The above is the fantastic advice that new AATC Board of Directors member Jeina Parker, Regional Property Manager, Pinnacle, would give someone considering a career in the multifamily housing industry. Wish someone had told me that when I started in this business!
To help you get to know Jeina a little better, AATC asked her about her professional experience, education, life outside the industry, and most importantly, why she spells her name that way!
So, tell us about the spelling of your first name: So, I spelled my name “Jena” until I was sixteen and I needed my birth certificate to get my driver’s license. It was then I discovered my mother, had added an “I’ in a name that never really needed an “I”. She said she didn’t know why she did it. The hospital must have given her some strong pain medication.
Where were you born and raised? I was born and raised right here in Fort Worth! I did spend eight years living in Maryland and I love the East Coast, but I am always a Texan first.
How long have you worked in the multifamily industry and how did you get started? I started working in property management in 1996 in Odenton, MD. I was in mortgage banking for years and I really was very unhappy, so I quit my job and started leasing apartments in Odenton, MD. I had always loved floorplans and apartments; I was the weirdo that use to shop properties just to see what they looked like before I was ever in the business. It was a perfect fit!
What is the most rewarding aspect of the multifamily industry? There are so many rewards and gifts you receive in this business, but my favorite is helping a team member grow into their dream job or meet their career goals. I’ve been the person that came in this business just looking for a different job. I luckily had someone ask me questions related to my goals and ideas for my future and was mentored and encouraged in this career I now love.
What is the funniest thing that has happen to you in property management? When I first started as a leasing consultant, the manger handed me the keys to the golf cart to show an apartment up at the top of the very steep street that ran through the community. I had never even been on a golf cart, much less driven one. Coming down that hill at top speed and making a turn into the leasing center without using the brakes was scary, but the kid on the back was super excited, so we all cracked up laughing when we realized we all made it through it alive.
What do you know now that you wish you knew when you started in this industry? What a profound effect you can have on people that live at your community, and how they too can change your perspective on life. I have a property that has accepted refuges for years as their first place to live in the US and it has been an amazing experience.
Who have been your mentors and how have they influenced your life? I find creative people such as writers, song writers and artists very inspiring; they can convey a different perspective on ordinary life, opening your mind to different possibilities. But professionally, my first boss as a multifamily supervisor had an amazing ability to bring teams together and create this positive energy and culture. It’s hard to do, but she was a gifted and natural leader and I always aspire to create that within my teams.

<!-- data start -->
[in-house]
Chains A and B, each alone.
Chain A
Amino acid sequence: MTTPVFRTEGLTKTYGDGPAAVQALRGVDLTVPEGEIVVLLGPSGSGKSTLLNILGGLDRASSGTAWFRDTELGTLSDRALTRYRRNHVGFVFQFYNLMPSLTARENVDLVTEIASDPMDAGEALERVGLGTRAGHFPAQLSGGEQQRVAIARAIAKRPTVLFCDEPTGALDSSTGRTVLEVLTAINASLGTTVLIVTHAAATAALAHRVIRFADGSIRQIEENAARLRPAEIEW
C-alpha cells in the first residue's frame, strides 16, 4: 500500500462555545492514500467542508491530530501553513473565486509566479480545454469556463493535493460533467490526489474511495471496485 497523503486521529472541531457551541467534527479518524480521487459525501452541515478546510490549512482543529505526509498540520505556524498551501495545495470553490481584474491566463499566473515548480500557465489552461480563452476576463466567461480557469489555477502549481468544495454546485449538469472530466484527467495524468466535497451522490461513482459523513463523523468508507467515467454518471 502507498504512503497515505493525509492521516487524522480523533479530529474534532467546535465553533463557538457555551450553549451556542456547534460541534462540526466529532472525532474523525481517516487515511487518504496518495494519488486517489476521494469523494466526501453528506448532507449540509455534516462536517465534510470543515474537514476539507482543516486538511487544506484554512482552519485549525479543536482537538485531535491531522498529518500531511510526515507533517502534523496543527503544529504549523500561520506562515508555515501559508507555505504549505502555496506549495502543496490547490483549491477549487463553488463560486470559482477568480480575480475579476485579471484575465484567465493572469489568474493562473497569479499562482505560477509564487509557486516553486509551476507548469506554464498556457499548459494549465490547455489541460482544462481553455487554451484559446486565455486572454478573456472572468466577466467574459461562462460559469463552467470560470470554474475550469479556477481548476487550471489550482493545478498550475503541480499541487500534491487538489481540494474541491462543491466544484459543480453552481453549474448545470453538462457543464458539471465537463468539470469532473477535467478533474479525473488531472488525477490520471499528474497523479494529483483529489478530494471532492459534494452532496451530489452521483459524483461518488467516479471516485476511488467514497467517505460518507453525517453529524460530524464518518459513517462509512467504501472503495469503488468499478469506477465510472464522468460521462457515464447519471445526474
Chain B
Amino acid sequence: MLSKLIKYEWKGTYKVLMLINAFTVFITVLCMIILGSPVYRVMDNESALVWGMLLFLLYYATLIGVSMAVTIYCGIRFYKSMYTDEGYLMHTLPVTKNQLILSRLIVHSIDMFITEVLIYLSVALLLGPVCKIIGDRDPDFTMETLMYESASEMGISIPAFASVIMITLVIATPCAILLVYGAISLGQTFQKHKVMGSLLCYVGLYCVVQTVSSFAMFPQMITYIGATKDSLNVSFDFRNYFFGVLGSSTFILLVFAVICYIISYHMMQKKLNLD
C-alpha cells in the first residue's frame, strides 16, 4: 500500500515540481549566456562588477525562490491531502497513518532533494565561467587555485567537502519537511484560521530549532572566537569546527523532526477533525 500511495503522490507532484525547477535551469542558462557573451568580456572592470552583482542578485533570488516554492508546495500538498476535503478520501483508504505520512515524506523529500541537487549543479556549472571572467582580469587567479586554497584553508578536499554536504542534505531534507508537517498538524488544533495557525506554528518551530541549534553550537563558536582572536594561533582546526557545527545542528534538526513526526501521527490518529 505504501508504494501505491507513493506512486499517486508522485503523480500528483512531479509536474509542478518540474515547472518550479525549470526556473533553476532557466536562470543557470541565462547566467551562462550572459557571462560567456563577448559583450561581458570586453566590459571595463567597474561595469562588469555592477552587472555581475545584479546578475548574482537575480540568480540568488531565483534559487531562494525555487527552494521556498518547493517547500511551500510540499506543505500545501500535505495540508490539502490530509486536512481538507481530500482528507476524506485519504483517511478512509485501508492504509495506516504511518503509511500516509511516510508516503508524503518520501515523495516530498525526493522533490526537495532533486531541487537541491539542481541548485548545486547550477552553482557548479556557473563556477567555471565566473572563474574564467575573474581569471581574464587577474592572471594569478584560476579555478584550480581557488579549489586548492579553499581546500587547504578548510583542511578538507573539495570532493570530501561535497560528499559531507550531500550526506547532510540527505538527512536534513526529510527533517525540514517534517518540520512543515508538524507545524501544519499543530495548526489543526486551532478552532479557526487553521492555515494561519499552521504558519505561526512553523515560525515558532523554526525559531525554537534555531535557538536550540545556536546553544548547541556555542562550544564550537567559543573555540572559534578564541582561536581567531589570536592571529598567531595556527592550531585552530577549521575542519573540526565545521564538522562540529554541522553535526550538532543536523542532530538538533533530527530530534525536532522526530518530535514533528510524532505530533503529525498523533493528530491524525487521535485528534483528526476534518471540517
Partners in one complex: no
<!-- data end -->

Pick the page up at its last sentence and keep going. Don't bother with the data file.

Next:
What is the best professional advice you have received? My first supervisor in my RPM role told me once to never let an owner/client be surprised. It was a simple sentence, and today we refer to that as transparency, but it has a lot of weight, I think. Things happen and knowing how to communicate the information is something we are responsible for. Surprises in property management are not really that great.
Tell us about your family? My immediate family is pretty hairy, with one 10-year-old Labrador named Bella and two rescue cats, Ollie and Pixie. My parents both live close by as does one sister. I have another sister that lives out of state and many nieces, nephews and great nieces and nephews.
What do you like to do when you’re not at work? I am a long-time fan of Stephen King and collect and read all his books, but I love to read any good fiction. I love road trips, pet rescue, (or really anything to do with being close to any animal), decorating my home, working in my flower beds and spending time with my friends.
What does it take to be an excellent leader? I think you first must be doing something you love and feel passionate about. If that is there, you will already be halfway there; patience, empathy, direction, shared goals and the ability to listen are all important to leading teams to great things!
How has your CAPS designation made you a better multifamily professional? I think the designation shows a commitment to myself and our industry. In order to maintain the designation, I must continue to invest in myself through courses and classes.
What education classes had the greatest impact on you? I loved Psychology but the greatest impact for me was a company initiated and instructor led financial class I took when I first became a manager. I was able to quickly understand how I had a direct impact on the financial health of my property, and not only did I feel connected to the company, I felt empowered.
If you could teach a class at AATC, what would it be and why? It would probably be a basic financial class for managers with little to no financial knowledge because that is the first class, I remember that made a big difference for me. But I also like budgets and organizing!
How has your involvement with AATC, AAGD, TAA, & NAA professionally and personally benefited you? I feel a stronger connection and responsibility to all my peers, partners and the people we serve.
Jeina has certainly lived her advice. She is an awesome person and industry professional. Be sure to never get in a golf cart she is driving, unless, it is at an AATC golf tournament!